©2018 BY Little Miss Early Years

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The Transporting Schema

Children exploring a transporting schema will have a fascination with moving themselves or objects from one place to another. They may enjoy lling baskets, rucksacks, wheelbarrows and containers so they can move and scatter items or place them somewhere else. This schema is largely down to a child’s own experiences of being transported in cars, prams and being carried by a parent or carer. 

Providing the right environment for transporting schemas

There are lots of items you can add to your continuous provision for transporters: prams and trolleys in the role play area, old rucksacks and handbags alongside lots of loose parts for moving around.

It’s important that the environment is flexible for transporters and that practitioners aren’t too precious about where items live. You might spend hours setting up a small world area for one child to collect all the figures in a bag and distribute them around the room but you have to remember that they are learning. 

Sensory and messy play ideas

Allow children to move items around the setting. You can provide lots of containers, utensils and jugs alongside:

  • Sand

  • Water

  • Shaving foam

  • Dried pasta

  • Soapy water

  • Slime


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Mark making ideas

  • Create maps of your outdoor area with the children. Once the map is completed they can transport items to different spots on the map.

  • Create a chalk walkway for transporting ingredients to the mud kitchen.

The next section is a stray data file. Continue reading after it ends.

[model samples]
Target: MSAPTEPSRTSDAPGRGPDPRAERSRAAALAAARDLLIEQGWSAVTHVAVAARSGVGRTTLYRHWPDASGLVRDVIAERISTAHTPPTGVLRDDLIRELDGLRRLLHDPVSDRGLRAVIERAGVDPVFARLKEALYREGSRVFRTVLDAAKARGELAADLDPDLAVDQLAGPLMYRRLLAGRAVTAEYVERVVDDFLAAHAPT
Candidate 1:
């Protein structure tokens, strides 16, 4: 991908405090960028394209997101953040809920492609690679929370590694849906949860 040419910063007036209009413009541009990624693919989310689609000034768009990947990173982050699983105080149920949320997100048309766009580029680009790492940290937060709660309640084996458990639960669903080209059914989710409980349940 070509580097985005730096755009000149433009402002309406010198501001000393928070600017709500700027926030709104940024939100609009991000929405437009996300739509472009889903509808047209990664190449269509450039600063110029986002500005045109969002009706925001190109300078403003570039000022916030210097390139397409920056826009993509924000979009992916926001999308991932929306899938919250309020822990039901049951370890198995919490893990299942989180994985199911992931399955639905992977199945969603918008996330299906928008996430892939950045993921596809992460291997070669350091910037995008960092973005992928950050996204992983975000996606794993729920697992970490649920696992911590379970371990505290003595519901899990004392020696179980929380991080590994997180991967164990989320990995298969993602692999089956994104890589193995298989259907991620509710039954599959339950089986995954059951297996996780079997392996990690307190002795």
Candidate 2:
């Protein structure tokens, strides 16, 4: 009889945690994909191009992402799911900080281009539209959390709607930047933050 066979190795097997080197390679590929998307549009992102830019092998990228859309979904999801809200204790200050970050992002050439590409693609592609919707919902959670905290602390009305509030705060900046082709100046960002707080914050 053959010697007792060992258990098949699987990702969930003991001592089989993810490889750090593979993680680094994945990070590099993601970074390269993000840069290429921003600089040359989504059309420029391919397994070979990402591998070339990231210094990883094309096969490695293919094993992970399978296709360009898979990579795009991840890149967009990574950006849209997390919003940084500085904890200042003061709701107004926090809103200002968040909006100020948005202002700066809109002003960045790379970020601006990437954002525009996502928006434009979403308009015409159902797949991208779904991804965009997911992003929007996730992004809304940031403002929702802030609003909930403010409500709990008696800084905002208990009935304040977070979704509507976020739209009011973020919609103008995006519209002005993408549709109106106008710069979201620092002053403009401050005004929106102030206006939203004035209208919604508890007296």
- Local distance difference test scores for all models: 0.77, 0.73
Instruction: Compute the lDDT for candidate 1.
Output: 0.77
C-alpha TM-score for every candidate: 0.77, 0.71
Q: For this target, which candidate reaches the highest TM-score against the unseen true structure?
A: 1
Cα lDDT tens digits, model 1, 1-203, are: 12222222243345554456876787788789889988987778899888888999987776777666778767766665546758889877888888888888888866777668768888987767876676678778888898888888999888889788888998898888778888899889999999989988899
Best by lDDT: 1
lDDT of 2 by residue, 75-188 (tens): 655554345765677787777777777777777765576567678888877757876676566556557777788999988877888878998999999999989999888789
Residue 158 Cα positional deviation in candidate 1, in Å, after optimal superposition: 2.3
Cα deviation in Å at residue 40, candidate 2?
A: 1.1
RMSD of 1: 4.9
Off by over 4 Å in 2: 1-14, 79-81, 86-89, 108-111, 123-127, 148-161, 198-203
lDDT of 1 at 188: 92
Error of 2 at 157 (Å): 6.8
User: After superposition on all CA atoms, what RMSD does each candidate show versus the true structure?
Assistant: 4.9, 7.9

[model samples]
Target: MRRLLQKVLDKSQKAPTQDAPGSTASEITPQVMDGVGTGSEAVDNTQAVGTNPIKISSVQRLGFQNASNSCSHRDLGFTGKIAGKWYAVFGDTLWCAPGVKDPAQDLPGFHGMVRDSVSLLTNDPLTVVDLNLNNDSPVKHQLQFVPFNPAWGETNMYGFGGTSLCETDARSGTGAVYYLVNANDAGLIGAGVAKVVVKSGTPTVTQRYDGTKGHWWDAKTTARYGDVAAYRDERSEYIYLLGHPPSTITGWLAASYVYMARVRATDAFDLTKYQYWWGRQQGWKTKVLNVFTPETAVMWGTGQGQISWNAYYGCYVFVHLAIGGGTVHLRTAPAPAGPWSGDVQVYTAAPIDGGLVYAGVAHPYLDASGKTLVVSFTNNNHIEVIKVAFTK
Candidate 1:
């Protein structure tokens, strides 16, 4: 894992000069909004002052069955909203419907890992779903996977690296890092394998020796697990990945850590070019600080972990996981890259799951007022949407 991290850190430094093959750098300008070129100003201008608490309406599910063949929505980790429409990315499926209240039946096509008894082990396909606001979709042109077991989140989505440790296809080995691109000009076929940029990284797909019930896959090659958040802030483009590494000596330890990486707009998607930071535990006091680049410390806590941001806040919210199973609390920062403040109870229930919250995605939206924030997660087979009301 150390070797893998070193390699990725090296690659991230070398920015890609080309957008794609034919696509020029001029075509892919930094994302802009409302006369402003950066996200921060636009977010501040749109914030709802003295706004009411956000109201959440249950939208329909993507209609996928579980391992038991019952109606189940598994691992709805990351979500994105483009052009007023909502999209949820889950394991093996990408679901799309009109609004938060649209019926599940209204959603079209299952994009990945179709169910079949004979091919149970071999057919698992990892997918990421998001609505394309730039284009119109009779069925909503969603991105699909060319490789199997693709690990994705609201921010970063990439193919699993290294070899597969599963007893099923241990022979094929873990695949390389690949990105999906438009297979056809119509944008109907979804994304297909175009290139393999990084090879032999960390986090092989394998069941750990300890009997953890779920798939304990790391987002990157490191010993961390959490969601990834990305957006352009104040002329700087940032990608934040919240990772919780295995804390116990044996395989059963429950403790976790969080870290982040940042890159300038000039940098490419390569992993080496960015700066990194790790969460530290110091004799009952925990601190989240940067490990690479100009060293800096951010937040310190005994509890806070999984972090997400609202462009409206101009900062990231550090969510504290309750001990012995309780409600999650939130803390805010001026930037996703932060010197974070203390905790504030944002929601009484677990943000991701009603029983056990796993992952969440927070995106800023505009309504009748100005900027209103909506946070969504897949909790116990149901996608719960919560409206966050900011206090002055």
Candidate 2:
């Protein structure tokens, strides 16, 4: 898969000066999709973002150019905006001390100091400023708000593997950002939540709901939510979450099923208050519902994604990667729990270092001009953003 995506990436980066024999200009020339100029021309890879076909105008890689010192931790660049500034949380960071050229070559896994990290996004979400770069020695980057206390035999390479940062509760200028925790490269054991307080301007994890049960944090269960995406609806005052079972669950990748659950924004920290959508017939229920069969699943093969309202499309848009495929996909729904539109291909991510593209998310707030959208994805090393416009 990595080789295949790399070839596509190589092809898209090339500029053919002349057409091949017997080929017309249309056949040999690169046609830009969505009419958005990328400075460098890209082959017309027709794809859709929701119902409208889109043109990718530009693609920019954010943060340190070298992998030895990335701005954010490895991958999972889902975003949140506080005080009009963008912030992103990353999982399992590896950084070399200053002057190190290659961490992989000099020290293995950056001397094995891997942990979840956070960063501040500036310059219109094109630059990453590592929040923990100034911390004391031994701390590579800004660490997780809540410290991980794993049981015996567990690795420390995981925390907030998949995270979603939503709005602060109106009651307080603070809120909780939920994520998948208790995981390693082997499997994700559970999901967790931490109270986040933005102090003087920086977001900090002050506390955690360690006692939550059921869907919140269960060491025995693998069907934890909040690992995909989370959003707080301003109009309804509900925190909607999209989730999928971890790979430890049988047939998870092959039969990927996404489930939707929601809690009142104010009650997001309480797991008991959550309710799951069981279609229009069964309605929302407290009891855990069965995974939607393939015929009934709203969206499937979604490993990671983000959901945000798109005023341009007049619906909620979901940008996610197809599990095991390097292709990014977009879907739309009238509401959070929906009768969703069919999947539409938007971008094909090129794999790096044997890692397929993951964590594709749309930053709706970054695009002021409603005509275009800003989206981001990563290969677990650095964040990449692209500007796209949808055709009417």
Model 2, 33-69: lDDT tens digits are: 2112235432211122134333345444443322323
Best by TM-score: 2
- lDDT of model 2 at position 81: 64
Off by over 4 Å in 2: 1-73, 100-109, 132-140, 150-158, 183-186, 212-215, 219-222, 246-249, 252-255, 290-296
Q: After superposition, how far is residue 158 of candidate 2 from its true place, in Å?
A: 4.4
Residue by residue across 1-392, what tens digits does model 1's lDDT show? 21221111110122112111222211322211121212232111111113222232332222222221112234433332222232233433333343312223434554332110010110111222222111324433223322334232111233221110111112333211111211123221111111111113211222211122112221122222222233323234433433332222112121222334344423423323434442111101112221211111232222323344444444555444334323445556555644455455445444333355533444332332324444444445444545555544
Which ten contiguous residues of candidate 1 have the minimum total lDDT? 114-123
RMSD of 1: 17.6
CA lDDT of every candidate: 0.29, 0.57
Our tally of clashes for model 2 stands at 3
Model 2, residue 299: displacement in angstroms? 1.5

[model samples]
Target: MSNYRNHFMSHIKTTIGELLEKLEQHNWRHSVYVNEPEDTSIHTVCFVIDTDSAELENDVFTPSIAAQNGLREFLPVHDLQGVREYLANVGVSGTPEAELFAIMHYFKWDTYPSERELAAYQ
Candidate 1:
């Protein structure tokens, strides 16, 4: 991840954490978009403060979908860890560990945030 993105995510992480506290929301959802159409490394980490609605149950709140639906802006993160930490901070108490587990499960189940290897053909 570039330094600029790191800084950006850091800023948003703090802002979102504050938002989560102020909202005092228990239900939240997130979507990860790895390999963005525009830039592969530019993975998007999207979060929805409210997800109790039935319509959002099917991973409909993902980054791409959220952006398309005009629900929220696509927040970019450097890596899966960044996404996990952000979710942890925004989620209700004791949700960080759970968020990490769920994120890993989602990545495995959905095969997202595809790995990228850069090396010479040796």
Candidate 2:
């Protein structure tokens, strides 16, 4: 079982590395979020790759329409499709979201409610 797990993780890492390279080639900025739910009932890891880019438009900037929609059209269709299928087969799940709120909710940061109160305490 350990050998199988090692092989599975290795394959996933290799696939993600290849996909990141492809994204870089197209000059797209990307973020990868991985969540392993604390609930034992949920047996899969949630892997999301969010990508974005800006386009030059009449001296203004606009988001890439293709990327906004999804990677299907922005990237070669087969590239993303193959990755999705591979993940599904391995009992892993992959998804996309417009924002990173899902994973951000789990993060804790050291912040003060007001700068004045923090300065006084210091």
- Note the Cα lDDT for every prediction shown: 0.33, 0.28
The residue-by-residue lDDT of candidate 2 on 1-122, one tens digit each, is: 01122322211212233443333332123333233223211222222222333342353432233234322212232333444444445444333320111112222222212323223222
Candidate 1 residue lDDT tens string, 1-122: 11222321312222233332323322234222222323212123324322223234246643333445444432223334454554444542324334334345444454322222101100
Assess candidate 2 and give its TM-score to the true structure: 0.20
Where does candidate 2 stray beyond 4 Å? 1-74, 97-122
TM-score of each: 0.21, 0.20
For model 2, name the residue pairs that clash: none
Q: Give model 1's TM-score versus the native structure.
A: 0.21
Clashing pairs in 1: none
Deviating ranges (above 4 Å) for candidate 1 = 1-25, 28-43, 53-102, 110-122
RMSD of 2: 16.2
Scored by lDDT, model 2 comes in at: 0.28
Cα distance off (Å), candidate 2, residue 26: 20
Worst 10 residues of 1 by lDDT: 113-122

Maths Ideas

Mud Kitchen Collectors

For children with a transporting schema try placing mud kitchen ingredients away from the mud kitchen and provide lots of di erent resources for them to collect items.

What you need:

  • Wheelbarrow

  • Pull along trailer

  • Crate with wheels

  • Utensils

  • Containers with handles

What to do:

  • Children can explore their transporting schema in a number of ways by using different items to collect and transport ingredients to the mud kitchen. They can collect sand, mud, water, leaves and much more from the outdoor environment.

  • The mud kitchen has endless opportunities for talking about shape, space, measure and number. When collecting resources, you can talk to the children about how much they need and how they are going to collect the ‘ingredients’.

  • Encourage the children to think about what size the items they are using to transport with need to be.

  • You can time the children as they collect ingredients and in addition to modelling and encouraging the use of lots of mathematical language.